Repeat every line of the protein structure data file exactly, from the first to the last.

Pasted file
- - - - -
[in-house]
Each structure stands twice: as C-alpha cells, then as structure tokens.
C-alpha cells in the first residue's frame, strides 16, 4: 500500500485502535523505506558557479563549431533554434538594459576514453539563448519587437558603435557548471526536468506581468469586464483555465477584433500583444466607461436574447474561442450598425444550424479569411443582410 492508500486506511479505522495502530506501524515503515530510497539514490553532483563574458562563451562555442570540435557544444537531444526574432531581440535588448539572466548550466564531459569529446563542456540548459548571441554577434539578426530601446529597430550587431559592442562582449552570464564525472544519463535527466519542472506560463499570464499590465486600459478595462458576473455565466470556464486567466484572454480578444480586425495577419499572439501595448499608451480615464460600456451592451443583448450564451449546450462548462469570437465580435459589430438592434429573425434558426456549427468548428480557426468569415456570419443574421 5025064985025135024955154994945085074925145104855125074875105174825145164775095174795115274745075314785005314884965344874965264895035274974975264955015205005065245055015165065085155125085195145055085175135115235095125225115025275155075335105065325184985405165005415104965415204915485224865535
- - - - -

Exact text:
[in-house]
Each structure stands twice: as C-alpha cells, then as structure tokens.
C-alpha cells in the first residue's frame, strides 16, 4: 500500500485502535523505506558557479563549431533554434538594459576514453539563448519587437558603435557548471526536468506581468469586464483555465477584433500583444466607461436574447474561442450598425444550424479569411443582410 492508500486506511479505522495502530506501524515503515530510497539514490553532483563574458562563451562555442570540435557544444537531444526574432531581440535588448539572466548550466564531459569529446563542456540548459548571441554577434539578426530601446529597430550587431559592442562582449552570464564525472544519463535527466519542472506560463499570464499590465486600459478595462458576473455565466470556464486567466484572454480578444480586425495577419499572439501595448499608451480615464460600456451592451443583448450564451449546450462548462469570437465580435459589430438592434429573425434558426456549427468548428480557426468569415456570419443574421 5025064985025135024955154994945085074925145104855125074875105174825145164775095174795115274745075314785005314884965344874965264895035274974975264955015205005065245055015165065085155125085195145055085175135115235095125225115025275155075335105065325184985405165005415104965415204915485224865535